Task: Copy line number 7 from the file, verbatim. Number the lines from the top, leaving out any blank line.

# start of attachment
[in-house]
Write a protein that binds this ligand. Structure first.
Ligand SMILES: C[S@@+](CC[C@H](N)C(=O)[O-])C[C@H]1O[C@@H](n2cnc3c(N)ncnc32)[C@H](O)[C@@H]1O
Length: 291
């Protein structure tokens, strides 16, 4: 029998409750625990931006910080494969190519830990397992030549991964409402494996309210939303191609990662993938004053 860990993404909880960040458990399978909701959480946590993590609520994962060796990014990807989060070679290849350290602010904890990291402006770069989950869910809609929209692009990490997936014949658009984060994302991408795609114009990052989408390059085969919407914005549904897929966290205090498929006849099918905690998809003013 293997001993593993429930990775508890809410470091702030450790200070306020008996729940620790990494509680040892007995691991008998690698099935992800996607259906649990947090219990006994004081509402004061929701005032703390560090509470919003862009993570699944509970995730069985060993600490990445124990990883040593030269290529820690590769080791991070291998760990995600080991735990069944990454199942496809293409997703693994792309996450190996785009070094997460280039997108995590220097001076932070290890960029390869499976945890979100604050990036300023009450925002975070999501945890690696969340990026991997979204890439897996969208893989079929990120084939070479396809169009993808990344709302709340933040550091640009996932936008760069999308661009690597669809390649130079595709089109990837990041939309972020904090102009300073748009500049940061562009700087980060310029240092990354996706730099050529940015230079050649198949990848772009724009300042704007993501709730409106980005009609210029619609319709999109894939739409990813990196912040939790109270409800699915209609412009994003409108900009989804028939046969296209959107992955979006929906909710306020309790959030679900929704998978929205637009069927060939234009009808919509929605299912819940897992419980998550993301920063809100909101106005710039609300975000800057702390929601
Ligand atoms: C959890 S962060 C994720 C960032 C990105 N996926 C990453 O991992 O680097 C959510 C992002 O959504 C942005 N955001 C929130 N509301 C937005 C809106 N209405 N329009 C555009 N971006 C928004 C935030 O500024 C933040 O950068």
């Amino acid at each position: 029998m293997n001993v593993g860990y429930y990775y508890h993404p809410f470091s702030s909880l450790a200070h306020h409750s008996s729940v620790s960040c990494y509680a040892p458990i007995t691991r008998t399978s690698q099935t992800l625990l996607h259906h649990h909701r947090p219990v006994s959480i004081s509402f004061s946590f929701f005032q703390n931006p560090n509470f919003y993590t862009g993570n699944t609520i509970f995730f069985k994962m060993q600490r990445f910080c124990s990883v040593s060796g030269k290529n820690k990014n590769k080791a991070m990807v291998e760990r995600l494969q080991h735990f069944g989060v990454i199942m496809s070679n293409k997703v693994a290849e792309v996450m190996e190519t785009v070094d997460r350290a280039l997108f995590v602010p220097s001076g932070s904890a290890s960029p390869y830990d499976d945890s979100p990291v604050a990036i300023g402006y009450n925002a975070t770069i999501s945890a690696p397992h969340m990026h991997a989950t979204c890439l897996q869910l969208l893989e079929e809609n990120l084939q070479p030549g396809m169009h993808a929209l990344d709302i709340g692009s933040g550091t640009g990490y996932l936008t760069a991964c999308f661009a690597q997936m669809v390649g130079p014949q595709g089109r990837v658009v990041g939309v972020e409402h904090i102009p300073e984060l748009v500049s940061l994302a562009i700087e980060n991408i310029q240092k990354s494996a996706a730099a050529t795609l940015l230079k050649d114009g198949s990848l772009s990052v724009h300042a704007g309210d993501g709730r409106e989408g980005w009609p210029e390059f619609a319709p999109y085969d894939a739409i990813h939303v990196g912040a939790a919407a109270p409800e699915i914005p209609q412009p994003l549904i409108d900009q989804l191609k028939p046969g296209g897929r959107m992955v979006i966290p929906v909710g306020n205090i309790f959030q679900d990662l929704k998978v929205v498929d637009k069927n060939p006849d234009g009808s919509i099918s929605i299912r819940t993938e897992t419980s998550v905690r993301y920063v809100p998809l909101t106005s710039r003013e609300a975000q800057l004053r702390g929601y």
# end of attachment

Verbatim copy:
């Amino acid at each position: 029998m293997n001993v593993g860990y429930y990775y508890h993404p809410f470091s702030s909880l450790a200070h306020h409750s008996s729940v620790s960040c990494y509680a040892p458990i007995t691991r008998t399978s690698q099935t992800l625990l996607h259906h649990h909701r947090p219990v006994s959480i004081s509402f004061s946590f929701f005032q703390n931006p560090n509470f919003y993590t862009g993570n699944t609520i509970f995730f069985k994962m060993q600490r990445f910080c124990s990883v040593s060796g030269k290529n820690k990014n590769k080791a991070m990807v291998e760990r995600l494969q080991h735990f069944g989060v990454i199942m496809s070679n293409k997703v693994a290849e792309v996450m190996e190519t785009v070094d997460r350290a280039l997108f995590v602010p220097s001076g932070s904890a290890s960029p390869y830990d499976d945890s979100p990291v604050a990036i300023g402006y009450n925002a975070t770069i999501s945890a690696p397992h969340m990026h991997a989950t979204c890439l897996q869910l969208l893989e079929e809609n990120l084939q070479p030549g396809m169009h993808a929209l990344d709302i709340g692009s933040g550091t640009g990490y996932l936008t760069a991964c999308f661009a690597q997936m669809v390649g130079p014949q595709g089109r990837v658009v990041g939309v972020e409402h904090i102009p300073e984060l748009v500049s940061l994302a562009i700087e980060n991408i310029q240092k990354s494996a996706a730099a050529t795609l940015l230079k050649d114009g198949s990848l772009s990052v724009h300042a704007g309210d993501g709730r409106e989408g980005w009609p210029e390059f619609a319709p999109y085969d894939a739409i990813h939303v990196g912040a939790a919407a109270p409800e699915i914005p209609q412009p994003l549904i409108d900009q989804l191609k028939p046969g296209g897929r959107m992955v979006i966290p929906v909710g306020n205090i309790f959030q679900d990662l929704k998978v929205v498929d637009k069927n060939p006849d234009g009808s919509i099918s929605i299912r819940t993938e897992t419980s998550v905690r993301y920063v809100p998809l909101t106005s710039r003013e609300a975000q800057l004053r702390g929601y």